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Chicago F.A. Battey and Company Publishers 1882

Town of LaGrange
Part 4

By John Paul Jones

Town of LaGrange-(Part 1) First Plat-Early Residents-The County Seat Question-Appearance Of 
The Village Thirty-Eight Years Ago-(Part 2) Former Mercantile Establishments-Gradual Growth 
and Developement-Industrial Enterprises-(Part 3) Secret Societies-Present Business Occupations- 
(Part 4) Outline Sketch of Religious and Educational Interests-Cemetery. 

      In LaGrange, as in all communities, the spiritual welfare of the people was among the first things to be looked after and cared for. The inhabitants of the little hamlet, in its earliest days, were blessed by the presence of the preacher, who held meetings at any convenient place until provision was made for a regular house of worship. The Rev. Thomas B. Connelly, who was a resident of the township, probably preached the first sermon in the town. Revs. James Latty, Abram Rowe, Charles J. Fox and James Roy were also among the early local preachers who labored efficiently among the pioneers of  the place. The Methodist Episcopal was the first church society formed in LaGrange. It was organized, in 1843, by Rev. William J. Forbes,who was the preacher in charge of 
the LaGrange Circuit. It consisted of the following members: James Packer and Esther, his wife, both of whom are living about two miles east of town; Amasa Durand and his wife Hannah, now the wife of Robert McClaskey and residing in LaGrange. Mr. Durand died in 1849. He was the owner of and resided at the time 
of his death on the farm adjoining the original village plat, a part of which is embraced in the Ryason Addition. 
Though a strong man, both mentally and physically, the labor of clearing this farm was the cause of his early demise. Isaac P. Grannis and his wife Rhoda were members. The latter is living in Johnson Township. Mr.Grannis died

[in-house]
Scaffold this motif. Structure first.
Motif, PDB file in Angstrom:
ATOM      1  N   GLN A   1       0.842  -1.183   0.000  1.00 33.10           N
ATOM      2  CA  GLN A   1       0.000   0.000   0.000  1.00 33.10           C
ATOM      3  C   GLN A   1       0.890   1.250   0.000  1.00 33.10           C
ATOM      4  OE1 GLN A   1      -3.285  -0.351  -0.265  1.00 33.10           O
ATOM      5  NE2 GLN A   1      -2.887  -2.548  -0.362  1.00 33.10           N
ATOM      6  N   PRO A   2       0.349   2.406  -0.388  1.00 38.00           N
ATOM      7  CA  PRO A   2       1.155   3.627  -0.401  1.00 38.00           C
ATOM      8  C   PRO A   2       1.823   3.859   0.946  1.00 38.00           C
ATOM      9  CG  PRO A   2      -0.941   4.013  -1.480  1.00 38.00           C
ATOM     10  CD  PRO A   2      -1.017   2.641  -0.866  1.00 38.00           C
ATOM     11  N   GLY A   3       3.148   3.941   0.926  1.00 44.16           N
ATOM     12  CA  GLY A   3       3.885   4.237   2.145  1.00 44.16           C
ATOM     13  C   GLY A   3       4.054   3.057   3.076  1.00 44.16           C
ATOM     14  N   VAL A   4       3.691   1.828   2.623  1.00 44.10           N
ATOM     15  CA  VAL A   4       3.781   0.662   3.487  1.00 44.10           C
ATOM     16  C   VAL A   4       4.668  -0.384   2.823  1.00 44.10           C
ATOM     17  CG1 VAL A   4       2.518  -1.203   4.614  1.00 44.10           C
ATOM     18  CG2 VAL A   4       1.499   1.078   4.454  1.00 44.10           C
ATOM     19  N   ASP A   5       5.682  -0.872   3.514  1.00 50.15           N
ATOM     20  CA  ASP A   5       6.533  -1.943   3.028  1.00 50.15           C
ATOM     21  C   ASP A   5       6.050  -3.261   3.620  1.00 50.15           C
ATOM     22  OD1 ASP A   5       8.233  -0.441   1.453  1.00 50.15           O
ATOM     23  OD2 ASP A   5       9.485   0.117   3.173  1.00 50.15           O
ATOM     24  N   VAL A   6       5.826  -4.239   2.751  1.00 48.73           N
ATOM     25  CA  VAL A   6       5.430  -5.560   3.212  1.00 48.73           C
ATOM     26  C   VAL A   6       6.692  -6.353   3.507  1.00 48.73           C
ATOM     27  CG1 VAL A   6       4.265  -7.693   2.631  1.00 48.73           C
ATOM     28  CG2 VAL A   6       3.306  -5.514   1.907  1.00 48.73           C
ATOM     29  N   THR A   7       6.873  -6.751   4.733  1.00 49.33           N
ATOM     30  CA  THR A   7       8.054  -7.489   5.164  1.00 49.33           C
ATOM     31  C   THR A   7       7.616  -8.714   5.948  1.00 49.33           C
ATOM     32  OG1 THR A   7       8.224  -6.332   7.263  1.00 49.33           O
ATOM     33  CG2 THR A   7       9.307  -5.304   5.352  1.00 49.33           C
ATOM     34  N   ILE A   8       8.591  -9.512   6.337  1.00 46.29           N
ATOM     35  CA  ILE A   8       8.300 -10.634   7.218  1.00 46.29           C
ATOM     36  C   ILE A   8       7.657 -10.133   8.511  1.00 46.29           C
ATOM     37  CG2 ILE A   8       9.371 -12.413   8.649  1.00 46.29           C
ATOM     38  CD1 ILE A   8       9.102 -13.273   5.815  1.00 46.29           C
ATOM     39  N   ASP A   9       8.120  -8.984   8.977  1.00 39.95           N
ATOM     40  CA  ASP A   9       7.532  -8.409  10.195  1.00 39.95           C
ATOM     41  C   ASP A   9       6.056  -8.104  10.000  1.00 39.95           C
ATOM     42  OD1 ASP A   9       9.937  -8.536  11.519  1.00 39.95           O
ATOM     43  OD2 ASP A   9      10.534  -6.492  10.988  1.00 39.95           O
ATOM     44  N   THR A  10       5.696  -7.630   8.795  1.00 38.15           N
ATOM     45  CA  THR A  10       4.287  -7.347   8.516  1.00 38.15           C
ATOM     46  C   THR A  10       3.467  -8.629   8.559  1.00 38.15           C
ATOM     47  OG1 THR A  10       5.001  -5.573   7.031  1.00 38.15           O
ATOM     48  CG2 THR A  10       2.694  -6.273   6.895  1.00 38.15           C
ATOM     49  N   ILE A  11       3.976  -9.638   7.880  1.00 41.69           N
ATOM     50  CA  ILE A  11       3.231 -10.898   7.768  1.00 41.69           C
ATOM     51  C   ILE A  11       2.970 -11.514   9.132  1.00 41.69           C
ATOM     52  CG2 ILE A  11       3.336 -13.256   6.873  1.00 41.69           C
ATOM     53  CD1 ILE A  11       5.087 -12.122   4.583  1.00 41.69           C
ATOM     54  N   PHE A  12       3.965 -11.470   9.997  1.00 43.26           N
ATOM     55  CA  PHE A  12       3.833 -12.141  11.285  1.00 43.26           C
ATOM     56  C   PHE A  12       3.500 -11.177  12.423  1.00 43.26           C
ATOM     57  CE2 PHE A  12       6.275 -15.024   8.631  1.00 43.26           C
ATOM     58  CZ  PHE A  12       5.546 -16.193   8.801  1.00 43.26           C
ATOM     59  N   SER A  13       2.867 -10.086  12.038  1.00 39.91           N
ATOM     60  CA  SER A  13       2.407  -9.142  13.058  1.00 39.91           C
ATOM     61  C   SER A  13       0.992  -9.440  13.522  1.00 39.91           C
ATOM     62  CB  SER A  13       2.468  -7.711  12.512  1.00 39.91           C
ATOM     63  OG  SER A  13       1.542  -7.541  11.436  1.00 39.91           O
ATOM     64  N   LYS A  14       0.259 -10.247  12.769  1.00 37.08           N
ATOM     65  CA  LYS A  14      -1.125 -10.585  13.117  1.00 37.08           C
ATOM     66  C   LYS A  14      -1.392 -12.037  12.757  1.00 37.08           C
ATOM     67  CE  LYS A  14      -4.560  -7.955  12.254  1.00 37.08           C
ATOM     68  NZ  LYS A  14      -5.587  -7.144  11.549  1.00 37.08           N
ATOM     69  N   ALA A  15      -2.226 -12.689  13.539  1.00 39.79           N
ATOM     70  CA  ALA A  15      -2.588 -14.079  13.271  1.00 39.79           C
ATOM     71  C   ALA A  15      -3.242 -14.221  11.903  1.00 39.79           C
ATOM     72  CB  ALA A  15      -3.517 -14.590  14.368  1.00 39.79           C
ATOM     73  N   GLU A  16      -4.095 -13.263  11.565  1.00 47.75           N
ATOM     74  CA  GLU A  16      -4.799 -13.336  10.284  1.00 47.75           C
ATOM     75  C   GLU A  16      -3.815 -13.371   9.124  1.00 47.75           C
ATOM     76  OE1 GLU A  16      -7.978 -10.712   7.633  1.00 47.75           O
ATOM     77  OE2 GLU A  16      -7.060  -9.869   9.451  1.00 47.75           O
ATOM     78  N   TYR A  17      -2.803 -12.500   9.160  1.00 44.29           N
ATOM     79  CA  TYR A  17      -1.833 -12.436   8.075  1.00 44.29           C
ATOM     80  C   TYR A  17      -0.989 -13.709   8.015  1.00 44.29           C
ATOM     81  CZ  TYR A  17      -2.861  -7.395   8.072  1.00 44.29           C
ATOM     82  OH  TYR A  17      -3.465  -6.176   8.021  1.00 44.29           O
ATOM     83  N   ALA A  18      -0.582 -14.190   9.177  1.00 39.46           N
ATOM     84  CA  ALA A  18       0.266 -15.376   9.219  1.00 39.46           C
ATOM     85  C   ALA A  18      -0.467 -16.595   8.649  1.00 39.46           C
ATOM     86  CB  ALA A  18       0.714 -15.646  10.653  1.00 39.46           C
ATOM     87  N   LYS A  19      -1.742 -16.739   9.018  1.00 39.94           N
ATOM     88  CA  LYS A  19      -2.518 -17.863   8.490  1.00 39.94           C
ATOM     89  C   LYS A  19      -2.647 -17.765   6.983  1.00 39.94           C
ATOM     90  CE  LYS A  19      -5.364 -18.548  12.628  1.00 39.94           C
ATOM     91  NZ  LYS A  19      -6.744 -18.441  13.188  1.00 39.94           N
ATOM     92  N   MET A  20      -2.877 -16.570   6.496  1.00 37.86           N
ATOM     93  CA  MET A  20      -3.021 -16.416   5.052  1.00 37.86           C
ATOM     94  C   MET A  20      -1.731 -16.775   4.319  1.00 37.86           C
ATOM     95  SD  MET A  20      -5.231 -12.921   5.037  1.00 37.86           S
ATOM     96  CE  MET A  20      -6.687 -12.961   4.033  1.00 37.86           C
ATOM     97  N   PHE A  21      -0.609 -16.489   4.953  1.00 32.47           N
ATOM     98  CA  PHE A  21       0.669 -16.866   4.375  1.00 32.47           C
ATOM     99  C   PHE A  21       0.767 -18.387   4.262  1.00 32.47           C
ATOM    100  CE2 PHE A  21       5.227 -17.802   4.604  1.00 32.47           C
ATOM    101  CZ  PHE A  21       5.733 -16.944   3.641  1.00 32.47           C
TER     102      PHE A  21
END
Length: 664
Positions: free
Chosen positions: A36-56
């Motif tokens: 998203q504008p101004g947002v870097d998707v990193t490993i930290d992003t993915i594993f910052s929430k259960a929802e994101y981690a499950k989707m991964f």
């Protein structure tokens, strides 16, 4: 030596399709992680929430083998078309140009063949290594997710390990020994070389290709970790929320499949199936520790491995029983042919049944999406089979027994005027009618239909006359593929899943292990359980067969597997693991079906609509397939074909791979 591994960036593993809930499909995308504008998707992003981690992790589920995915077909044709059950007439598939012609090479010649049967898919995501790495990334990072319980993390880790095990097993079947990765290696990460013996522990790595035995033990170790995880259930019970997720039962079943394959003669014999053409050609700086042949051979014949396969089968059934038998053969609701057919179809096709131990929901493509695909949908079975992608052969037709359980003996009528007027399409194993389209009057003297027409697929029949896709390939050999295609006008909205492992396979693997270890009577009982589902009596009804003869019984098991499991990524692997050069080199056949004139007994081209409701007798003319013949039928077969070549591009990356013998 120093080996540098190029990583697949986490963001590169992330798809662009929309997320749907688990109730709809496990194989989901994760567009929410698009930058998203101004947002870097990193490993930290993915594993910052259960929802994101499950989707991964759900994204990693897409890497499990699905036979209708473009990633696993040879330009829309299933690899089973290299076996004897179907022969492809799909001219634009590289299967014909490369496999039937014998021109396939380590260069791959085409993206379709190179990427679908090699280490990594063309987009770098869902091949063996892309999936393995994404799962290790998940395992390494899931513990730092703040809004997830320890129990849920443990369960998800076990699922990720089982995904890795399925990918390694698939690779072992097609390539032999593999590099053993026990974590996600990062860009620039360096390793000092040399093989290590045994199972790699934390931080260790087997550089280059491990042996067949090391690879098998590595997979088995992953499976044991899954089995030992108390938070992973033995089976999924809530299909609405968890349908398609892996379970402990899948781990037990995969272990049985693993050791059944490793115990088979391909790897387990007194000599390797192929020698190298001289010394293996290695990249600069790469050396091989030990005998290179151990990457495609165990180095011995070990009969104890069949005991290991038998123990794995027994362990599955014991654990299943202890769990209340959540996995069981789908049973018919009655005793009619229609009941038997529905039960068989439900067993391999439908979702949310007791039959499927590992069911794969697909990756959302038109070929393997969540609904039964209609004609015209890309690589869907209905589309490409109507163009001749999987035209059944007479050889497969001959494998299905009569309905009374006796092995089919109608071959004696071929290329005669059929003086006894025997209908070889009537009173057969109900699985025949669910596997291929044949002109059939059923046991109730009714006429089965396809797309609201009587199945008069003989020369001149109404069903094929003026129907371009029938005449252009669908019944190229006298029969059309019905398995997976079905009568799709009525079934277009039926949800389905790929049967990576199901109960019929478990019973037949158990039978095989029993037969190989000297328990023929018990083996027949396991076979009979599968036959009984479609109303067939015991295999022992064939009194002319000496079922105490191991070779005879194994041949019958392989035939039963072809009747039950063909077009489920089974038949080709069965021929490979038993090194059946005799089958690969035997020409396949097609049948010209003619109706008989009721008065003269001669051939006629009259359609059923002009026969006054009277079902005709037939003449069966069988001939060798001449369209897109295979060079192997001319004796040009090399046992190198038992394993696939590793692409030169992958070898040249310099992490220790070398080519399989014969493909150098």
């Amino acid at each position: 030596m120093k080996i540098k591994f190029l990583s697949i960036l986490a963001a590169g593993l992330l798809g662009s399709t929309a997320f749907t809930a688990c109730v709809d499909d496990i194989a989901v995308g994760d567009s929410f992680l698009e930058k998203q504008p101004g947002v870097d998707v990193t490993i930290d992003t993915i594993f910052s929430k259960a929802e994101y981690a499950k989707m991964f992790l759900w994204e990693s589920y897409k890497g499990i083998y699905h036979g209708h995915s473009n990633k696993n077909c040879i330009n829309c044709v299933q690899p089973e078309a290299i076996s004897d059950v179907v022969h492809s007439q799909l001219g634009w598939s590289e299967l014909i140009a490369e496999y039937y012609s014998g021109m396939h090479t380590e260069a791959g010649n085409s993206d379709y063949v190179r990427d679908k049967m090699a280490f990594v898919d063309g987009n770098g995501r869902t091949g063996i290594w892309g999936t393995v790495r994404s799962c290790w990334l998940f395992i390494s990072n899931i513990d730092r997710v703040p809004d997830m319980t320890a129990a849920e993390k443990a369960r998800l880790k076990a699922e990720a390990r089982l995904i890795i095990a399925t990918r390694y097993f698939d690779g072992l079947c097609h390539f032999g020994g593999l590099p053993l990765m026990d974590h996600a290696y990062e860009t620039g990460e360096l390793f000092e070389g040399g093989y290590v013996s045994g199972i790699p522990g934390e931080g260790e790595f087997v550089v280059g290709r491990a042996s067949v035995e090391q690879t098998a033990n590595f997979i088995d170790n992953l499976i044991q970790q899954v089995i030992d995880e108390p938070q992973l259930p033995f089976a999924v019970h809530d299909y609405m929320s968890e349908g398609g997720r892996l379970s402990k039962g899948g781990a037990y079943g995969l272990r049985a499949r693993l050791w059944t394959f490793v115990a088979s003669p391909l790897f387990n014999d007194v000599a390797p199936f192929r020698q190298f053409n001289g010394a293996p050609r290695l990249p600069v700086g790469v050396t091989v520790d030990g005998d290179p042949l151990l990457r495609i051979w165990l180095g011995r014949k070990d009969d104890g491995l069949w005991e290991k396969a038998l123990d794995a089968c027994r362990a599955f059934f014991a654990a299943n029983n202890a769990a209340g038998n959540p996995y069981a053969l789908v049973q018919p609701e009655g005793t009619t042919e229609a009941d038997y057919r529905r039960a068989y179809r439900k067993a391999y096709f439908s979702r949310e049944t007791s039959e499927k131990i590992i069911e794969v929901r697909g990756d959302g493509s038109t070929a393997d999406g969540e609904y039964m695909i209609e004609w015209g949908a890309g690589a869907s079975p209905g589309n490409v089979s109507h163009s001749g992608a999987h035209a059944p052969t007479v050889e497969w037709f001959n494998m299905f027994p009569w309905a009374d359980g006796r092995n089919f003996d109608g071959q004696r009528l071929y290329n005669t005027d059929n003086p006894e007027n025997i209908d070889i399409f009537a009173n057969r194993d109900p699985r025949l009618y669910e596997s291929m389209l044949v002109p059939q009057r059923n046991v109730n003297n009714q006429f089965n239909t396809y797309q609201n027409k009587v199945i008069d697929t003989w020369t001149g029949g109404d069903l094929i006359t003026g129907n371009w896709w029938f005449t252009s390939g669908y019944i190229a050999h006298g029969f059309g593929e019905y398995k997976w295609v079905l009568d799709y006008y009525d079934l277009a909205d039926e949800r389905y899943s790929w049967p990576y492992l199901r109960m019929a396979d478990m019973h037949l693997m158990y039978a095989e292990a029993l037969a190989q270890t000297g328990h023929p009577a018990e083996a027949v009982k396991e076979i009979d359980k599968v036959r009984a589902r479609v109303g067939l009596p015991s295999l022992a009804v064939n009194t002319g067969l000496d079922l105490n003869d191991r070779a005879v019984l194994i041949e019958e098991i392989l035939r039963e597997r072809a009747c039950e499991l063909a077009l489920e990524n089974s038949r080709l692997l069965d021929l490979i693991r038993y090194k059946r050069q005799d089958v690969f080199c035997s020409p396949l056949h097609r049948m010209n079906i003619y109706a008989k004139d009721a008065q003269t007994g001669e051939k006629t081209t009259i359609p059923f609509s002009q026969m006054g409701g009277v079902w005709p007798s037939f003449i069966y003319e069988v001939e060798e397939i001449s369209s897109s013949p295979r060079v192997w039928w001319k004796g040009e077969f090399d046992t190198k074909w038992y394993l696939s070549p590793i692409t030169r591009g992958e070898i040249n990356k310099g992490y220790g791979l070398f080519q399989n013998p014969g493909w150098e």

in 1863. George Hopkins and Sarah, his wife, were also members. He died in 1850. Mr. Hopkins usually led 
in the singing in those early days and in fine old Methodist style. His widow, who married Mr. Sanderson, is still living. Mr. Packer was the first class leader. The ministers sent to the place have been as follows: William J. Forbes and J. C. Medsker in 1843, E. Doud, William G. Stonex, Elijah S. Blue, Elihu Anthony, Jesse Sparks, Elijah Lilliston, L. W. Monson, John H. Bruce, Ezra Maynard, John R. Davis, Emanuel Hall, Charles Ketcham, Samuel Lamb, James Beswick, Abijah Marine, John Maffit John Hill, Reuben Tobey, F. T. Simpson, D. P. Hartman, James Johnson, J. M. Mann, E. S. Preston, J. H. Hutchinson, J. W. Welch, Enoch Holdstock, Almon Greenman, Y. B. Merdith, C. E. Disbro, and the present Pastor, B. A. Kemp. This charge was connected with the circuit until 1862, when it became a station under one pastor in charge. The 
presiding Elders officiating here have been: George M. Boyd, 1844; Samuel Brenton, 1848; S. C. Cooper, 1849; Jacob M. Stallard, 1850; H. B. Beers, 1851; Jacob Colclazier, 1853; L. W. Monson, 1857; W. S. Burch, 1861; Thomas Stabler, 1865; H. J. Meck, 1869; O. V. Lemmon, 1873;  A. Greenman, 1877; and M. H. Mendenhall, appointed in 1881. Samuel Brenton, while serving on this district as Presiding Elder, was 
stricken with paralysis, which compelled him to retire from the active work of the ministry. He was subsequently 
appointed by President Taylor Register of the Land Office at Fort Wayne, and was elected three terms to 
Congress from the old Tenth District, and died in Fort Wayne in 1856. Elijak S. Blue was accidentally killed in December, 1845, on his way from an appointment at Wolcottville to his home at Ontario. Having dismounted, and while leading his horse with the halter strap fastened around his wrist, the animal became frightened and ran,